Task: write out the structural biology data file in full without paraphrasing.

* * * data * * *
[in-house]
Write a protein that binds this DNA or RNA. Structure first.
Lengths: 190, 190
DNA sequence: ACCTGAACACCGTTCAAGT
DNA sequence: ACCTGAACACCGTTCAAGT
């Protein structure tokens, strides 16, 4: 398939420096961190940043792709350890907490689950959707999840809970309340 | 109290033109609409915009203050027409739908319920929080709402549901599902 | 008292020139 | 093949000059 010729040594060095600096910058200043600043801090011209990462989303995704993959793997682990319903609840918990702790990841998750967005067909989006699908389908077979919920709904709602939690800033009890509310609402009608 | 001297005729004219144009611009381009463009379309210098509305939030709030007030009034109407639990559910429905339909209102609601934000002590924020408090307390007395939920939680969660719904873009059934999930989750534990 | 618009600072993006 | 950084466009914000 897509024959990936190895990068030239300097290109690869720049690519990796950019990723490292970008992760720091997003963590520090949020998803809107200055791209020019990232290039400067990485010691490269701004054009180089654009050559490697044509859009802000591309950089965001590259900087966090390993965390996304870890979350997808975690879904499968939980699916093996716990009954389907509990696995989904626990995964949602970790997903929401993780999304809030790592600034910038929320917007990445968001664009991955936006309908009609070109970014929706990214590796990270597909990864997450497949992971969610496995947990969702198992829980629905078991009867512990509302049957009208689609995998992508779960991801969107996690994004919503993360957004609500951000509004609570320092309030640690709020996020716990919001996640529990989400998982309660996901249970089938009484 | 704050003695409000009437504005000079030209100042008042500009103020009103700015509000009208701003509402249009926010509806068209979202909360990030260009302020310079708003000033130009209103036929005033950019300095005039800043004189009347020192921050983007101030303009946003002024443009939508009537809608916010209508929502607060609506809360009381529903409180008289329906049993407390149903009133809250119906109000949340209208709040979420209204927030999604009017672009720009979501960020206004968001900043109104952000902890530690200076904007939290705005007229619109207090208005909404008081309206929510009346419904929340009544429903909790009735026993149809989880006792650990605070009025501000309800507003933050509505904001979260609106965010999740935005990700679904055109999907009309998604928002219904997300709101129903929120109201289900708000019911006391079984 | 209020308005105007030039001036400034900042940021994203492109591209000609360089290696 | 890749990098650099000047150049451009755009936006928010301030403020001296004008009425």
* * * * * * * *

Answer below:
[in-house]
Write a protein that binds this DNA or RNA. Structure first.
Lengths: 190, 190
DNA sequence: ACCTGAACACCGTTCAAGT
DNA sequence: ACCTGAACACCGTTCAAGT
């Protein structure tokens, strides 16, 4: 398939420096961190940043792709350890907490689950959707999840809970309340 | 109290033109609409915009203050027409739908319920929080709402549901599902 | 008292020139 | 093949000059 010729040594060095600096910058200043600043801090011209990462989303995704993959793997682990319903609840918990702790990841998750967005067909989006699908389908077979919920709904709602939690800033009890509310609402009608 | 001297005729004219144009611009381009463009379309210098509305939030709030007030009034109407639990559910429905339909209102609601934000002590924020408090307390007395939920939680969660719904873009059934999930989750534990 | 618009600072993006 | 950084466009914000 897509024959990936190895990068030239300097290109690869720049690519990796950019990723490292970008992760720091997003963590520090949020998803809107200055791209020019990232290039400067990485010691490269701004054009180089654009050559490697044509859009802000591309950089965001590259900087966090390993965390996304870890979350997808975690879904499968939980699916093996716990009954389907509990696995989904626990995964949602970790997903929401993780999304809030790592600034910038929320917007990445968001664009991955936006309908009609070109970014929706990214590796990270597909990864997450497949992971969610496995947990969702198992829980629905078991009867512990509302049957009208689609995998992508779960991801969107996690994004919503993360957004609500951000509004609570320092309030640690709020996020716990919001996640529990989400998982309660996901249970089938009484 | 704050003695409000009437504005000079030209100042008042500009103020009103700015509000009208701003509402249009926010509806068209979202909360990030260009302020310079708003000033130009209103036929005033950019300095005039800043004189009347020192921050983007101030303009946003002024443009939508009537809608916010209508929502607060609506809360009381529903409180008289329906049993407390149903009133809250119906109000949340209208709040979420209204927030999604009017672009720009979501960020206004968001900043109104952000902890530690200076904007939290705005007229619109207090208005909404008081309206929510009346419904929340009544429903909790009735026993149809989880006792650990605070009025501000309800507003933050509505904001979260609106965010999740935005990700679904055109999907009309998604928002219904997300709101129903929120109201289900708000019911006391079984 | 209020308005105007030039001036400034900042940021994203492109591209000609360089290696 | 890749990098650099000047150049451009755009936006928010301030403020001296004008009425």